Curry scored 28 points with six rebounds and two assists. Durant added 12 rebounds and three assists to his scoring total. Draymond Green contributed 11 points, 14 rebounds, and eight assists.

For Houston it was Harden who led the way with 30 points, four rebounds, and four assists. Paul had 27 points to go with four assists and two rebounds. PJ Tucker, who scored just four points, grabbed a whopping 16 boards. Clint Capela was much the same, scoring eight points while grabbing 13 rebounds.

This season’s Western Conference fighters has been both puzzling and Expected. Well the variants of victory margin has been much greater than any of us anticipated for both sides, the fact that the coaches on each bench are trying to out dual each other each game Runs with the idea we have of some of the best playoff series in NBA history. In fact, the back-and-forth battle between two teams as they trade winds is perhaps what makes be later rounds of the NBA playoffs so worth watching.

Houston’s victory was gritty, and defensive, and not much to look at. True to his persona, after the final horn Rockets point guard Paul called it, “A fun game.”

While we finally got ourselves a close conference finals game out West, the question now turns to what the teams will do for Game 5 back in Houston. Will this series become more competitive? Or will Houston and Golden State continue the back-and-forth, big-margin victories we’ve seen thus far?

No matter what, there’s no doubt the Rockets will be trying to recapture the defensive aura they held in Game 4 as Golden State tries to find a way to break through it.

Report: Suns could have traded for Kristaps Porzingis last season

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I’m going to need New York Knicks fans to read this one with their eyes closed. Ready? Here we go.

The Phoenix Suns recently won the right to the No. 1 overall pick in the 2018 NBA Draft. That means they will be adding a player like Luka Doncic, Deandre Ayton, or Marvin Bagley to their young roster. Last season, Phoenix selected fourth and picked Josh Jackson. It’s a rebuilding process, to be sure.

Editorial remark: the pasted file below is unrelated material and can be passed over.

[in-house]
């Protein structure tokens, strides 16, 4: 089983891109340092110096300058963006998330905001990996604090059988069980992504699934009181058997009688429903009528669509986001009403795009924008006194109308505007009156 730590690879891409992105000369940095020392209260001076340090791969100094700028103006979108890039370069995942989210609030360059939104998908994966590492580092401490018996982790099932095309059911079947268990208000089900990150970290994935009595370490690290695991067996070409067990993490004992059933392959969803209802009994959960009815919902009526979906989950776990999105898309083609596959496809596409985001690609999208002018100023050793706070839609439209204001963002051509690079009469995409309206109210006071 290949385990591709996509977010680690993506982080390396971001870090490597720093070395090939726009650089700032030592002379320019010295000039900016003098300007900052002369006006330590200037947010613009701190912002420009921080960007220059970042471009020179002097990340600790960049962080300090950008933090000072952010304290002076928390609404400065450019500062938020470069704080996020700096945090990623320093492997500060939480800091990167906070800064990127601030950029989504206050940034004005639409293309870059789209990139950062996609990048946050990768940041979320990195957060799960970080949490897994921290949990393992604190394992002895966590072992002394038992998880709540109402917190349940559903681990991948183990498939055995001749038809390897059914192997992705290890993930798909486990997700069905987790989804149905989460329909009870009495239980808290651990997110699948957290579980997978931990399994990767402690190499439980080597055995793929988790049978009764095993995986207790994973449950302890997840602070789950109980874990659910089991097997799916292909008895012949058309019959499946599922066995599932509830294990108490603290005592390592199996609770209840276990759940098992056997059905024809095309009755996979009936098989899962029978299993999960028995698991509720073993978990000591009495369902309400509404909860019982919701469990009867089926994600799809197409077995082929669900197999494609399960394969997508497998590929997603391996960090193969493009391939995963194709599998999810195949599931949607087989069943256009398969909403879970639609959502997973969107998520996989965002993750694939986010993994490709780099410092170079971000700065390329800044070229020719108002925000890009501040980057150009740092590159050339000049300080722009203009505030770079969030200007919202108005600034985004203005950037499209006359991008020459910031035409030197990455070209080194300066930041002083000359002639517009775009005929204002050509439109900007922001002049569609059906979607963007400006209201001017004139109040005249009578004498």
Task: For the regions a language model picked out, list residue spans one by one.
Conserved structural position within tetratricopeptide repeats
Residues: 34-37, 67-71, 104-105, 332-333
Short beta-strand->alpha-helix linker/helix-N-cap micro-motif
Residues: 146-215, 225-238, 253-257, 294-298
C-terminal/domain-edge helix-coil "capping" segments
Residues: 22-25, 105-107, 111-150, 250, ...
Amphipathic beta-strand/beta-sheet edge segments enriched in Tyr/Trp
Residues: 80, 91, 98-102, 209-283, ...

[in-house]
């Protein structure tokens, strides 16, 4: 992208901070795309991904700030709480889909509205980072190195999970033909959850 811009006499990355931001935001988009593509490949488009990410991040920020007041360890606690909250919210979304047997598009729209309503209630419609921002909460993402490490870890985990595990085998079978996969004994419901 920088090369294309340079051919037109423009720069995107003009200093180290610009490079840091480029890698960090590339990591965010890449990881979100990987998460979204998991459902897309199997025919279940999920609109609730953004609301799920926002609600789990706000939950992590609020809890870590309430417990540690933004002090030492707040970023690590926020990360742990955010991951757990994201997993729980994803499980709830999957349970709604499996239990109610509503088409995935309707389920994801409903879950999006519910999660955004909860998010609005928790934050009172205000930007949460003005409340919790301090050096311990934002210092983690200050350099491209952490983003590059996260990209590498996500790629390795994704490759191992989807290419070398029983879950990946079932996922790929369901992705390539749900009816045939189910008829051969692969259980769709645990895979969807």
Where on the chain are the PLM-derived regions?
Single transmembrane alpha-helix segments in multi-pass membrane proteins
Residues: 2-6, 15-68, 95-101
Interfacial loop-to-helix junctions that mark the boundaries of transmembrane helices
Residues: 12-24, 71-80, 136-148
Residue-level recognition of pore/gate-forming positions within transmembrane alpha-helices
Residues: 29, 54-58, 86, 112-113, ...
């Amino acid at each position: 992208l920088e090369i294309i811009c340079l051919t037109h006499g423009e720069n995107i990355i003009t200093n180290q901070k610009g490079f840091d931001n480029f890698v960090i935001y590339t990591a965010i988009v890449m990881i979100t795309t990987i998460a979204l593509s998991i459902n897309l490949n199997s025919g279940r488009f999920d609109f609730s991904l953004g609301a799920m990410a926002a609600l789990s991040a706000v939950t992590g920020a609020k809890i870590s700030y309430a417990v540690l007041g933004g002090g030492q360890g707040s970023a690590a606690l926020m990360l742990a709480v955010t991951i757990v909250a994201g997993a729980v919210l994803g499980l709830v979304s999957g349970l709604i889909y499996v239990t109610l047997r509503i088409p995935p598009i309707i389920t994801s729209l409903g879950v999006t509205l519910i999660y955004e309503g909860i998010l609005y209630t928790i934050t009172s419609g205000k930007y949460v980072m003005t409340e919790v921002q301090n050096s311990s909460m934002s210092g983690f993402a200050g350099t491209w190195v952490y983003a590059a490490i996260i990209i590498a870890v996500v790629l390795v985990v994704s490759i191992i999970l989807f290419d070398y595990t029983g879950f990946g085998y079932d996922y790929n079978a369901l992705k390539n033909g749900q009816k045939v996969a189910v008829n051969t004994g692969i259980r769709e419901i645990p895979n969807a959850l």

But a new report says that if Phoenix would have decided to instead trade the pick they used on Jackson, they could have had Knicks big man Kristaps Porzingis.

Seriously.

According to ESPN’s Adrian Wojnarowski, Phoenix had an opportunity to put together a package that would have sent Porzingis to Arizona. That anything the Suns had, plus the No. 4 pick, would have made that happen is just another testament to why Phil Jackson had to go in New York.

Via the Ryen Russillo show:

The Knicks actually hit on Porzingis, and although he may be out for the entire year next season, he’s a keeper to build around, not to trade. On the other side of things, why the Suns didn’t include that pick and pull the trigger is a head scratcher, although we don’t know the full details of the proposed package.

No doubt New York fans are glad the Suns didn’t decide to accept the offer without that pick.

Watch James Harden dunk all over Draymond Green (VIDEO)

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Game 4 of the Western Conference Finals started off hot for the Golden State Warriors. The defending champs scored the first 12 points of the game, but the Houston Rockets rallied before the half was over to take the lead, 53-46, at the break.

One of the biggest highlight plays from Houston came courtesy of James Harden late in the second quarter.

The play came with 6:06 left to play in the half and with the Rockets pushing on the Warriors in transition. Harden found himself with the ball at the top of the key and with an open lane. That forced Draymond Green to slide over as a help defender, and the result was a thunderous dunk for Harden over the Golden State defensive stalwart.

We’ll forget that Chris Paul probably either travelled or double-dribbled before Harden got the ball on the play.

Golden State leads the series, 2-1.